For some time now, I've been quietly rooting for geothermal power. It's clean, it's cheap, and unlike solar or wind, it provides a base load of power that doesn't depend on the sun shining or the wind blowing.

Sure, I spend much more time writing about the twists and turns of the solar industry, but that's because there are so many more publicly traded solar businesses. Mining company legend Ross Beaty recently brought Magma Energy public, but it's listed in Canada. Beyond Ormat (NYSE:ORA), the pickings this side of the border are quite slim.

In recent months, I've been extremely heartened by one geothermal report, and deeply disappointed by others. Let's start with the positive.

Rocking the alternative-energy world
A study, published in the journal Energy Policy, has found that geothermal is both the most efficient alternative-energy technology and is also improving at the fastest rate. Wind power places second, while solar does not fare nearly as well, despite receiving the most government funding among emerging technologies.

The authors, from NYU's Stern School of Business, used a technology S-curve model that should be familiar to anyone who's read the work of Motley Fool CAPS mentor Clayton Christensen. Picture flattish growth, followed by exponential growth, and then a flattening again -- hence the "S" shape. Geothermal and wind technologies are both in that steep middle phase, where they are making rapid efficiency gains, translating to a high return on R&D investment. Wind is further along that curve, while geothermal has shown no signs of slowing performance improvement. Solar is improving much more slowly.

With geothermal poised to surpass the efficiency of fossil fuels with just a few billion dollars' more support (the authors peg the cost at $3.3 billion), the policy implications of this study are that our government funding priorities are out of whack. Imagine that.

Wait one hot minute
This is exciting stuff, but for geothermal to take the world by storm, it has to move beyond the exploitation of natural reservoirs such as occur at Calpine's (NYSE:CPN) Geysers facility and move to Enhanced Geothermal Systems (EGS) that can pull the heat out of hot dry rock. Unfortunately, such projects have seriously stumbled lately.

First there was Australia's Geodynamics, which had an explosion at its Habanero 3 well in April. Commissioning continues to be delayed at the company's pilot plant.

More recently, AltaRock Energy suspended drilling at the Geysers after failing to make it more than a third of its way to total depth. You may recall this as the company in which Google's (NASDAQ:GOOG) philanthropic arm took a monetary interest somewhat over a year ago. There are some heavy hitters on board from the venture capital community here, and even the government has dished out a little cash to this deep driller.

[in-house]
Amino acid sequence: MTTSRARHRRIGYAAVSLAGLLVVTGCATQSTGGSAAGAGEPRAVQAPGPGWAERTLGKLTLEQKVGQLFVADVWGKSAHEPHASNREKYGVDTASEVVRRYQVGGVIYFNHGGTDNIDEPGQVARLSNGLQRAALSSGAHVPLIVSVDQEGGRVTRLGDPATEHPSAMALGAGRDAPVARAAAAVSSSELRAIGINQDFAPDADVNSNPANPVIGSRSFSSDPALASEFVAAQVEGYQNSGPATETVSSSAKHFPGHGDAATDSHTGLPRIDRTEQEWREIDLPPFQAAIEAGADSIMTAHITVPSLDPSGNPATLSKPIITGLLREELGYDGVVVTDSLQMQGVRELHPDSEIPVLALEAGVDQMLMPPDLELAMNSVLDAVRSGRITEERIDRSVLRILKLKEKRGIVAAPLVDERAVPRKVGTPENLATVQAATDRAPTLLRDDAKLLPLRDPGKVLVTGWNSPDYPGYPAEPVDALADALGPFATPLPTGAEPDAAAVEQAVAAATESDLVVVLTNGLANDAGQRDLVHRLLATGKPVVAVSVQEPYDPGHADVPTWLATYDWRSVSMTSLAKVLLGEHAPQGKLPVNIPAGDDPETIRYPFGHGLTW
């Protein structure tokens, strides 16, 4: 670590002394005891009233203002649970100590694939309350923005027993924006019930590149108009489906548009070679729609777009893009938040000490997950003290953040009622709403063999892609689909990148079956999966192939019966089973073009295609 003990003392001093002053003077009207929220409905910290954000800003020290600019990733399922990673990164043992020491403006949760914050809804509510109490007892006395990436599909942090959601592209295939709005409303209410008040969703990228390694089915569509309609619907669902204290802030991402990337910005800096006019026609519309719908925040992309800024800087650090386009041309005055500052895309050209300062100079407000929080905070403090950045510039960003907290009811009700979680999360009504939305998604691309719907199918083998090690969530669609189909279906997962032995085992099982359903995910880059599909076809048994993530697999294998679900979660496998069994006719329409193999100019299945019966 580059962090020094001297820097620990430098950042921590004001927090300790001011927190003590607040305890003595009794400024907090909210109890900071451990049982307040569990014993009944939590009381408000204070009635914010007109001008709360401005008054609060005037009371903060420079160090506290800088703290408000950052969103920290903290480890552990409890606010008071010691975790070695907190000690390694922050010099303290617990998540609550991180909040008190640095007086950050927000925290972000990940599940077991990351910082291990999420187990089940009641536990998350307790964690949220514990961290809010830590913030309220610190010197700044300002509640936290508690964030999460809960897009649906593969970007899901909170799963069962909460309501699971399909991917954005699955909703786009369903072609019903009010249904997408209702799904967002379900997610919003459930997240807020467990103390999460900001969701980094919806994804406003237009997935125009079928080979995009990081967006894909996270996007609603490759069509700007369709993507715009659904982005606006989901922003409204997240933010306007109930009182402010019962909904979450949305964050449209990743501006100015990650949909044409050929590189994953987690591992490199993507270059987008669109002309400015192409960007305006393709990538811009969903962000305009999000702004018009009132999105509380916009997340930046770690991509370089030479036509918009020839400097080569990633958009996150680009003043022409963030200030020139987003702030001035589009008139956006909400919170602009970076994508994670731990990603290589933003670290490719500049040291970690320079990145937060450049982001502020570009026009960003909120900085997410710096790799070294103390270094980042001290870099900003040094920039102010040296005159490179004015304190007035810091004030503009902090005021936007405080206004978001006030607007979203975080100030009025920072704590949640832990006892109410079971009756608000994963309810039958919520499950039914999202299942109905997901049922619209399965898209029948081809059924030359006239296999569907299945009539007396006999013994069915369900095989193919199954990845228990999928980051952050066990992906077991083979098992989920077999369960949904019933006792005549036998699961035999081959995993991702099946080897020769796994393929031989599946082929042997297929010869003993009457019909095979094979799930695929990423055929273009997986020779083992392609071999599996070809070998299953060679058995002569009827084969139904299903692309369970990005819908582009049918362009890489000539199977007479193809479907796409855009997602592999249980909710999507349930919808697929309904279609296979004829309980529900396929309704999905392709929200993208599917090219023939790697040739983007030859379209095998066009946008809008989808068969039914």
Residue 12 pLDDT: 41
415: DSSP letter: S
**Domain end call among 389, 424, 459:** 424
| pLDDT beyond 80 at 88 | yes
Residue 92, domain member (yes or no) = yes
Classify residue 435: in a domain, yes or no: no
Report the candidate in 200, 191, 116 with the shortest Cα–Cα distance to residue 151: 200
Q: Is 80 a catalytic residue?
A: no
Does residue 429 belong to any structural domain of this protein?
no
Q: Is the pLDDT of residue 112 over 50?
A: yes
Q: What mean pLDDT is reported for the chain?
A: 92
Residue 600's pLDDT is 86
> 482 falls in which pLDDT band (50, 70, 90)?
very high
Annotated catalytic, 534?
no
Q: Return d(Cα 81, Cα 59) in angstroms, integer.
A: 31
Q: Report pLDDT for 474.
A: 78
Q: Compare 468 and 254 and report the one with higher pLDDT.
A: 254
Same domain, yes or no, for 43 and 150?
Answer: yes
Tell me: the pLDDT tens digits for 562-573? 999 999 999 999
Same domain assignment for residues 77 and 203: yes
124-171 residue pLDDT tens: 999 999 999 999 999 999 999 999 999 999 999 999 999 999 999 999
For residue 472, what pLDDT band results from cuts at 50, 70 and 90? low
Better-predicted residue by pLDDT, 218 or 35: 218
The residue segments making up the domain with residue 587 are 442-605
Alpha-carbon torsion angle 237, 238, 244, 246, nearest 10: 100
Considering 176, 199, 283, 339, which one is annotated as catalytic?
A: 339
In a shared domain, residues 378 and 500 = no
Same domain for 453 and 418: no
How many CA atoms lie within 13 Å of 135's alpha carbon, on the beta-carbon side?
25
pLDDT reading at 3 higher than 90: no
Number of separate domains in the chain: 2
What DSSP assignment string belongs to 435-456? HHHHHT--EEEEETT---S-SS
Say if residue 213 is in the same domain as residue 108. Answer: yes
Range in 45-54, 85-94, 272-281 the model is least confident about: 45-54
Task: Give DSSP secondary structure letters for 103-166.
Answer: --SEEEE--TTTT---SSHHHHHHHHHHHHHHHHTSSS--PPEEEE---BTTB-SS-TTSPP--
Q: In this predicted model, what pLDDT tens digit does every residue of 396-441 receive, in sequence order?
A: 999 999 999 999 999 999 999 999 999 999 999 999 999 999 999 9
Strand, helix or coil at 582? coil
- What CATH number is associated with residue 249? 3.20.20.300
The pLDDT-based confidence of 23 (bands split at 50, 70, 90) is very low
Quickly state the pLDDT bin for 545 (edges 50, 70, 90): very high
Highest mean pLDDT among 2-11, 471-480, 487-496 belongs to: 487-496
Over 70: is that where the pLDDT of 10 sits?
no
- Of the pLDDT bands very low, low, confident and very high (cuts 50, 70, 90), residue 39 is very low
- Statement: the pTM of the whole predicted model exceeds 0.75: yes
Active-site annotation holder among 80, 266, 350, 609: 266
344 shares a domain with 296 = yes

Anybody here know how to run one of these drills?
This is disappointing stuff, but drilling difficulties are hardly an insurmountable challenge. Look at Transocean (NYSE:RIG), which just drilled a record 35,055-foot well in more than 4,000 feet of water, uncorking a giant gusher for client BP (NYSE:BP) in the Gulf of Mexico. The geothermal industry, with a fraction of the government money thrown at fossil fuels over the years, will figure out how to drill through 12,000 feet of rock.

That road to commercialization of EGS would certainly be easier if the oil and gas industry would clue the geothermal folks in on the dark arts of deep drilling. The conspiratorially minded among us may conclude that the energy majors have no such interest in doing so, since they have a good thing going with fossil fuels. Even though Chevron (NYSE:CVX) is the biggest geothermal producer in the world, I certainly don't see the company doing a lot to push the EGS envelope.

I probably wouldn't expect too much from this group, given the clear preference by companies such as Royal Dutch Shell and ExxonMobil (NYSE:XOM) to stick to biofuels. But with or without a helping hand from the hydrocarbon camp, I do expect the geothermal business to grow by leaps and bounds in the years ahead. Whether you should risk your own capital in one of these enterprises is a question for another day.

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Fool contributor Toby Shute doesn't have a position in any company mentioned. Check out his CAPS profile or follow his articles using Twitter or RSS. The Motley Fool has a disclosure policy.